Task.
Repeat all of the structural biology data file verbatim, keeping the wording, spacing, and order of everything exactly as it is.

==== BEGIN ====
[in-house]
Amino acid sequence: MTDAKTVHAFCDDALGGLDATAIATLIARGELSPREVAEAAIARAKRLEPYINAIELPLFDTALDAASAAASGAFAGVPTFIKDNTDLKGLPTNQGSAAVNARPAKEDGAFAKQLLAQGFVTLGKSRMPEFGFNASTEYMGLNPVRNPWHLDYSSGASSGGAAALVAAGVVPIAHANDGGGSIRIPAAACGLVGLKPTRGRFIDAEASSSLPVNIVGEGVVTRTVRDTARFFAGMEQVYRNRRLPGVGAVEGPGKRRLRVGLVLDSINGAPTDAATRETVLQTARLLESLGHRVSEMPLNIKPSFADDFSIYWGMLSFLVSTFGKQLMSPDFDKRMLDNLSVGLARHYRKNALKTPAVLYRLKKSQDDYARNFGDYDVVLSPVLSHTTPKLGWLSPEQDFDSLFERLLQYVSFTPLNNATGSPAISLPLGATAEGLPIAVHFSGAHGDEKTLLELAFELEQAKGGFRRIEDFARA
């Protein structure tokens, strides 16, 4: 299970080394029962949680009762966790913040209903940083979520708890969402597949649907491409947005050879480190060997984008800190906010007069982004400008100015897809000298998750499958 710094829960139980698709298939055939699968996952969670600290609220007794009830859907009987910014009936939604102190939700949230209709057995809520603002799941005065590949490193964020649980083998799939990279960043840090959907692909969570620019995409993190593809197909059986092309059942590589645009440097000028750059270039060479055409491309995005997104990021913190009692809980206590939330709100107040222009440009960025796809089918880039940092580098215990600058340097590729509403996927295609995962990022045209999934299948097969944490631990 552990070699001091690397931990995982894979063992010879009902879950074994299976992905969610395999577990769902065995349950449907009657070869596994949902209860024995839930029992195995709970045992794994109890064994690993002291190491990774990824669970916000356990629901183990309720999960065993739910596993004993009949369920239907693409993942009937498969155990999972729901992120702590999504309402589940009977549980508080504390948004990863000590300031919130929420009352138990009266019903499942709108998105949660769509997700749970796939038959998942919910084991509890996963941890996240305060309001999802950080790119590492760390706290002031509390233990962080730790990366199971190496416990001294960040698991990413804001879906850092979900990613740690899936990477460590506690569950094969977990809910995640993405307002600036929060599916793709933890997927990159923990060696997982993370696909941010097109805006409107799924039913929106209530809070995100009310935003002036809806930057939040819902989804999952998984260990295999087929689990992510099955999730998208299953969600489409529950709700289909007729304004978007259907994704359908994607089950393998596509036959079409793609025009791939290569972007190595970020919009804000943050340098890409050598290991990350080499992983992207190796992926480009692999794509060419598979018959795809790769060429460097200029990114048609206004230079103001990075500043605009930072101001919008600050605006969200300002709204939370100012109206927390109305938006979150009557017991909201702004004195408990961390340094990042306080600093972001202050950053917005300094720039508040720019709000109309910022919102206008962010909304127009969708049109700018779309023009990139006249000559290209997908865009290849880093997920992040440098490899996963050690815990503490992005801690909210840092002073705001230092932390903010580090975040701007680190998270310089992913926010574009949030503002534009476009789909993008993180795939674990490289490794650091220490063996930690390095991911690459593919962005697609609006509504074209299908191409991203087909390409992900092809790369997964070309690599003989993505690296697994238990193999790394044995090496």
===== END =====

[in-house]
Amino acid sequence: MTDAKTVHAFCDDALGGLDATAIATLIARGELSPREVAEAAIARAKRLEPYINAIELPLFDTALDAASAAASGAFAGVPTFIKDNTDLKGLPTNQGSAAVNARPAKEDGAFAKQLLAQGFVTLGKSRMPEFGFNASTEYMGLNPVRNPWHLDYSSGASSGGAAALVAAGVVPIAHANDGGGSIRIPAAACGLVGLKPTRGRFIDAEASSSLPVNIVGEGVVTRTVRDTARFFAGMEQVYRNRRLPGVGAVEGPGKRRLRVGLVLDSINGAPTDAATRETVLQTARLLESLGHRVSEMPLNIKPSFADDFSIYWGMLSFLVSTFGKQLMSPDFDKRMLDNLSVGLARHYRKNALKTPAVLYRLKKSQDDYARNFGDYDVVLSPVLSHTTPKLGWLSPEQDFDSLFERLLQYVSFTPLNNATGSPAISLPLGATAEGLPIAVHFSGAHGDEKTLLELAFELEQAKGGFRRIEDFARA
């Protein structure tokens, strides 16, 4: 299970080394029962949680009762966790913040209903940083979520708890969402597949649907491409947005050879480190060997984008800190906010007069982004400008100015897809000298998750499958 710094829960139980698709298939055939699968996952969670600290609220007794009830859907009987910014009936939604102190939700949230209709057995809520603002799941005065590949490193964020649980083998799939990279960043840090959907692909969570620019995409993190593809197909059986092309059942590589645009440097000028750059270039060479055409491309995005997104990021913190009692809980206590939330709100107040222009440009960025796809089918880039940092580098215990600058340097590729509403996927295609995962990022045209999934299948097969944490631990 552990070699001091690397931990995982894979063992010879009902879950074994299976992905969610395999577990769902065995349950449907009657070869596994949902209860024995839930029992195995709970045992794994109890064994690993002291190491990774990824669970916000356990629901183990309720999960065993739910596993004993009949369920239907693409993942009937498969155990999972729901992120702590999504309402589940009977549980508080504390948004990863000590300031919130929420009352138990009266019903499942709108998105949660769509997700749970796939038959998942919910084991509890996963941890996240305060309001999802950080790119590492760390706290002031509390233990962080730790990366199971190496416990001294960040698991990413804001879906850092979900990613740690899936990477460590506690569950094969977990809910995640993405307002600036929060599916793709933890997927990159923990060696997982993370696909941010097109805006409107799924039913929106209530809070995100009310935003002036809806930057939040819902989804999952998984260990295999087929689990992510099955999730998208299953969600489409529950709700289909007729304004978007259907994704359908994607089950393998596509036959079409793609025009791939290569972007190595970020919009804000943050340098890409050598290991990350080499992983992207190796992926480009692999794509060419598979018959795809790769060429460097200029990114048609206004230079103001990075500043605009930072101001919008600050605006969200300002709204939370100012109206927390109305938006979150009557017991909201702004004195408990961390340094990042306080600093972001202050950053917005300094720039508040720019709000109309910022919102206008962010909304127009969708049109700018779309023009990139006249000559290209997908865009290849880093997920992040440098490899996963050690815990503490992005801690909210840092002073705001230092932390903010580090975040701007680190998270310089992913926010574009949030503002534009476009789909993008993180795939674990490289490794650091220490063996930690390095991911690459593919962005697609609006509504074209299908191409991203087909390409992900092809790369997964070309690599003989993505690296697994238990193999790394044995090496």